© Jonas Gasser

It’s really noticeable that you always want to show your best… Especially when things don’t go as planned. How do you deal with those emotions?
Yes, I’m fully in my zone when I complete. After the qualies I freaked out a bit and threw my board around. But sometimes I just need that. I put so much pressure on myself. So then I have to let the emotions out. And it’s better to focus my aggression on my board than to take it out on other people.

It’s rough, but it’s also is what’s so interesting about competitions. All those ups and downs thrill me the most. In the end it’s like taking drugs. You pump yourself up, as if you took a face full of coke. It’s such a sick moment to have a run in your mind and just put it down perfectly. I guess it’s also the reason why I love competitions so much. It’s so intense and that’s really addictive.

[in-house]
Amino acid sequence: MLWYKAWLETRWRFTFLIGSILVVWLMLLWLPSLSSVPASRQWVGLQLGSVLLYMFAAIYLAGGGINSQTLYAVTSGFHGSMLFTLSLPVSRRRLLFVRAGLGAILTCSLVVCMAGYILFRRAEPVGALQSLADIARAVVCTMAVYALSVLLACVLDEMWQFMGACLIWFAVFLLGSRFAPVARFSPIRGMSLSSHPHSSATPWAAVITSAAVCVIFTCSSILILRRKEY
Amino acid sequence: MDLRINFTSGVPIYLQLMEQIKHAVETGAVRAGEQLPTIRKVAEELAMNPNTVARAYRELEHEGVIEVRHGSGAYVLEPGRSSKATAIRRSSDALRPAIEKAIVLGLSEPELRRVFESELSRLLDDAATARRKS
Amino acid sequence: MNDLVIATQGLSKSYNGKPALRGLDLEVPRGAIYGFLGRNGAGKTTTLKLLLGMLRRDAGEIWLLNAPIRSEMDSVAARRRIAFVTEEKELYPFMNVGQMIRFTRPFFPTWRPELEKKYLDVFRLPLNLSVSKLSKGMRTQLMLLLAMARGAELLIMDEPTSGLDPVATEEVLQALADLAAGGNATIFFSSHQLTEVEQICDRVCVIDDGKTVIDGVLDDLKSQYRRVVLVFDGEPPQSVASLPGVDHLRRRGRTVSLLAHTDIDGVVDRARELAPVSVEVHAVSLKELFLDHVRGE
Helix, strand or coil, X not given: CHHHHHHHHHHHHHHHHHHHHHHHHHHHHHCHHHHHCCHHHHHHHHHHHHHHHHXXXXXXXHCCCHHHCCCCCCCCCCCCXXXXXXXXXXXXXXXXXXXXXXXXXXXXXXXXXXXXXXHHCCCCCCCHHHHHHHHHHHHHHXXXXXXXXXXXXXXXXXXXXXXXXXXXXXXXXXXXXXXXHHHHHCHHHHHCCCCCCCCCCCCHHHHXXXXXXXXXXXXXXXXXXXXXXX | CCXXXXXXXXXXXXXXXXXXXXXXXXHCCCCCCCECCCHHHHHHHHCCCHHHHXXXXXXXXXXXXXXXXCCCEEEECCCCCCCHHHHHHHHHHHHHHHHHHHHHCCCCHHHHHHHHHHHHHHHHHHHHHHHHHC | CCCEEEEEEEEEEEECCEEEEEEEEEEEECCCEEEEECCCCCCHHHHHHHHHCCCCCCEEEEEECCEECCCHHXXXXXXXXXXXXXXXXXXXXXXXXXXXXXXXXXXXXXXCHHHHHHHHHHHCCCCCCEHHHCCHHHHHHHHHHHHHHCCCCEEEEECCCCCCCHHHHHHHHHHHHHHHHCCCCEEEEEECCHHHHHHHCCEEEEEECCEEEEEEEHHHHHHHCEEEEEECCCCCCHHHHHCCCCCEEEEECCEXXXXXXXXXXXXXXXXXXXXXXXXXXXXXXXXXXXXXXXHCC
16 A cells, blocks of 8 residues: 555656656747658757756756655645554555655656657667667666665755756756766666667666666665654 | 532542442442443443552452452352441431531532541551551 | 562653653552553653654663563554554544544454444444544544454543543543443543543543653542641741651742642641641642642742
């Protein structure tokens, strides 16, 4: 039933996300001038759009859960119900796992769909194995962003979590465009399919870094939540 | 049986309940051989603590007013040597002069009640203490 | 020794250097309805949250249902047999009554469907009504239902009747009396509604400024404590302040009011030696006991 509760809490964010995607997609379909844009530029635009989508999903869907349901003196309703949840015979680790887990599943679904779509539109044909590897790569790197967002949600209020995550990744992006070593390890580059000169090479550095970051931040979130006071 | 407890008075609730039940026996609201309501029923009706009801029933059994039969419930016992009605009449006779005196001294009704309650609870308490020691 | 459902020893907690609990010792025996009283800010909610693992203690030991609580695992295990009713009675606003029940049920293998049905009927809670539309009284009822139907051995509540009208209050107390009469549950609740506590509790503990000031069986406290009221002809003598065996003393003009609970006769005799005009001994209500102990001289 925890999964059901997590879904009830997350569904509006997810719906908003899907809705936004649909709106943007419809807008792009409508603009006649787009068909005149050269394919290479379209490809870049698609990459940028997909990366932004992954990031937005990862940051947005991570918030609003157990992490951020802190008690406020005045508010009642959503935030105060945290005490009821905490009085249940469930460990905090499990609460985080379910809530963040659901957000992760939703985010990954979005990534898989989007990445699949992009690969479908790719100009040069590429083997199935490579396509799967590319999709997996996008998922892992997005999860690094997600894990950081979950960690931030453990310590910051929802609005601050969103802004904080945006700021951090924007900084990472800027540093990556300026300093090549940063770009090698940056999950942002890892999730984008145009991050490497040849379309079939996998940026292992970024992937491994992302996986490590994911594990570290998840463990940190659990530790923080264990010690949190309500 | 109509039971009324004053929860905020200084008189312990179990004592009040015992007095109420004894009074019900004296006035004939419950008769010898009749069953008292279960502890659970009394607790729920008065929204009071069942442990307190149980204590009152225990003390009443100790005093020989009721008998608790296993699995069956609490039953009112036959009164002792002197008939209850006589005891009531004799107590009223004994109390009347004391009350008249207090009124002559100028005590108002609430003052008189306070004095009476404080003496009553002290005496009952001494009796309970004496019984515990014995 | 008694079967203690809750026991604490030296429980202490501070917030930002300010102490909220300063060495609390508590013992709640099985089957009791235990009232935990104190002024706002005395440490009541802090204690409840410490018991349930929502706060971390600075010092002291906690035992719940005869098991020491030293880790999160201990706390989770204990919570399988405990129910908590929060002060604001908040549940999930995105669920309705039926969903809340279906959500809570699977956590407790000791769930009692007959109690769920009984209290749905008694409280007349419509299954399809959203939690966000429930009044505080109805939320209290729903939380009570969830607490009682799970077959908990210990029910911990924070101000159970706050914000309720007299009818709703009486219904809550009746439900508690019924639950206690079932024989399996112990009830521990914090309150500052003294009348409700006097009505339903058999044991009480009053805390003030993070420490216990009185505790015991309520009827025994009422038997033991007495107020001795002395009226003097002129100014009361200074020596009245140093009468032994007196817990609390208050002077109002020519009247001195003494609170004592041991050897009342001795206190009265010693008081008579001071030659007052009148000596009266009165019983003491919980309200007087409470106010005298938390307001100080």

It’s not just the competitions that seem like a similar experience to drugs… Your image on social media has its own touch of craziness.
Snowboarding has so many parts… not only competitions. There are also video parts or social clips. The opportunities are endless and there is no right or wrong way.

© Christian Stadler

As a full time snowboarder all those social media obligations take a lot of effort. How do you manage your time and focus?
It’s not easy. This season I felt that I had a lot of obligations for sponsors, and in the end I also have my own expectations for the content that I deliver. I’ve also had the experience where doing this social media work affected my job as an athlete. Sometimes when I have a creative idea I can’t sleep anymore until I do it. It makes it hard to chill and turn off my thoughts. But at the same time, I love it. It’s a great feeling if a clip works and the result is fun.

Is doing those clips similarly addictive to you? Kinda like your relationship to the contests?